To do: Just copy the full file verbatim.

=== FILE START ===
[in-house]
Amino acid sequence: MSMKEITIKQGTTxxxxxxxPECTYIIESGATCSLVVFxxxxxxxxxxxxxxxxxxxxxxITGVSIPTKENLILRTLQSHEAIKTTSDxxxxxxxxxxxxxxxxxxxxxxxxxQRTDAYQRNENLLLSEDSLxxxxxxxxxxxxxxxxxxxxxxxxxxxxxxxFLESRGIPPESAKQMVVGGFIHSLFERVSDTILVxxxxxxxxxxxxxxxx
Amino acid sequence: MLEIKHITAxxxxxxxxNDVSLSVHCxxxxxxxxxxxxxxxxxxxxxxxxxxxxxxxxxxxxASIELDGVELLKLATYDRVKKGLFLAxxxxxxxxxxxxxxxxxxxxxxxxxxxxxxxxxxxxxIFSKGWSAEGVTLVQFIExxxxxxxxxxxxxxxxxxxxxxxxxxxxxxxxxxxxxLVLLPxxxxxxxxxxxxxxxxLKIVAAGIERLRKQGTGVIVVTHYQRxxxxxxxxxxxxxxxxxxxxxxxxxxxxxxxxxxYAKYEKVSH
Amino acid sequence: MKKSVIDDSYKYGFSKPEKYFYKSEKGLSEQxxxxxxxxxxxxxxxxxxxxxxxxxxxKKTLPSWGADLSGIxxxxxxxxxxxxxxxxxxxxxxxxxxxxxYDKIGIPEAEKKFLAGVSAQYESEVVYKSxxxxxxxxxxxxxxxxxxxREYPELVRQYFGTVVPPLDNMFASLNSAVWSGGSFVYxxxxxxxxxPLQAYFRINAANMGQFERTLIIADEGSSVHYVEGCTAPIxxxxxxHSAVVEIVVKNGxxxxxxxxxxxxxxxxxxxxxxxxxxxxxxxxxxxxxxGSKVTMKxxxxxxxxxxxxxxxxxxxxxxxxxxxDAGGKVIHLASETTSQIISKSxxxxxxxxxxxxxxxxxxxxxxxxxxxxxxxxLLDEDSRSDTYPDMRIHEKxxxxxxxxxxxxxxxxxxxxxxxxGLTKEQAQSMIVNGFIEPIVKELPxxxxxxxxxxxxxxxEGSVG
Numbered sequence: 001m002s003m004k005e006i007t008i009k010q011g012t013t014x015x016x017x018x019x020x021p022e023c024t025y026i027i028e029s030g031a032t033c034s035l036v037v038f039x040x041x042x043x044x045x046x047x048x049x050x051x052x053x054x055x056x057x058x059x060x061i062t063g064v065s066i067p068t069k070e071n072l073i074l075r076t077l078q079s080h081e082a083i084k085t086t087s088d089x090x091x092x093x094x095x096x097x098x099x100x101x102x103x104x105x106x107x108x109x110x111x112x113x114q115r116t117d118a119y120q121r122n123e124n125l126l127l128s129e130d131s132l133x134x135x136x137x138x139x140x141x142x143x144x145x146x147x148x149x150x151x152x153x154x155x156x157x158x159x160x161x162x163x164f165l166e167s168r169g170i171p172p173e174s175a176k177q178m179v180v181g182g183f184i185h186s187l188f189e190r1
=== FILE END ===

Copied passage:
[in-house]
Amino acid sequence: MSMKEITIKQGTTxxxxxxxPECTYIIESGATCSLVVFxxxxxxxxxxxxxxxxxxxxxxITGVSIPTKENLILRTLQSHEAIKTTSDxxxxxxxxxxxxxxxxxxxxxxxxxQRTDAYQRNENLLLSEDSLxxxxxxxxxxxxxxxxxxxxxxxxxxxxxxxFLESRGIPPESAKQMVVGGFIHSLFERVSDTILVxxxxxxxxxxxxxxxx
Amino acid sequence: MLEIKHITAxxxxxxxxNDVSLSVHCxxxxxxxxxxxxxxxxxxxxxxxxxxxxxxxxxxxxASIELDGVELLKLATYDRVKKGLFLAxxxxxxxxxxxxxxxxxxxxxxxxxxxxxxxxxxxxxIFSKGWSAEGVTLVQFIExxxxxxxxxxxxxxxxxxxxxxxxxxxxxxxxxxxxxLVLLPxxxxxxxxxxxxxxxxLKIVAAGIERLRKQGTGVIVVTHYQRxxxxxxxxxxxxxxxxxxxxxxxxxxxxxxxxxxYAKYEKVSH
Amino acid sequence: MKKSVIDDSYKYGFSKPEKYFYKSEKGLSEQxxxxxxxxxxxxxxxxxxxxxxxxxxxKKTLPSWGADLSGIxxxxxxxxxxxxxxxxxxxxxxxxxxxxxYDKIGIPEAEKKFLAGVSAQYESEVVYKSxxxxxxxxxxxxxxxxxxxREYPELVRQYFGTVVPPLDNMFASLNSAVWSGGSFVYxxxxxxxxxPLQAYFRINAANMGQFERTLIIADEGSSVHYVEGCTAPIxxxxxxHSAVVEIVVKNGxxxxxxxxxxxxxxxxxxxxxxxxxxxxxxxxxxxxxxGSKVTMKxxxxxxxxxxxxxxxxxxxxxxxxxxxDAGGKVIHLASETTSQIISKSxxxxxxxxxxxxxxxxxxxxxxxxxxxxxxxxLLDEDSRSDTYPDMRIHEKxxxxxxxxxxxxxxxxxxxxxxxxGLTKEQAQSMIVNGFIEPIVKELPxxxxxxxxxxxxxxxEGSVG
Numbered sequence: 001m002s003m004k005e006i007t008i009k010q011g012t013t014x015x016x017x018x019x020x021p022e023c024t025y026i027i028e029s030g031a032t033c034s035l036v037v038f039x040x041x042x043x044x045x046x047x048x049x050x051x052x053x054x055x056x057x058x059x060x061i062t063g064v065s066i067p068t069k070e071n072l073i074l075r076t077l078q079s080h081e082a083i084k085t086t087s088d089x090x091x092x093x094x095x096x097x098x099x100x101x102x103x104x105x106x107x108x109x110x111x112x113x114q115r116t117d118a119y120q121r122n123e124n125l126l127l128s129e130d131s132l133x134x135x136x137x138x139x140x141x142x143x144x145x146x147x148x149x150x151x152x153x154x155x156x157x158x159x160x161x162x163x164f165l166e167s168r169g170i171p172p173e174s175a176k177q178m179v180v181g182g183f184i185h186s187l188f189e190r1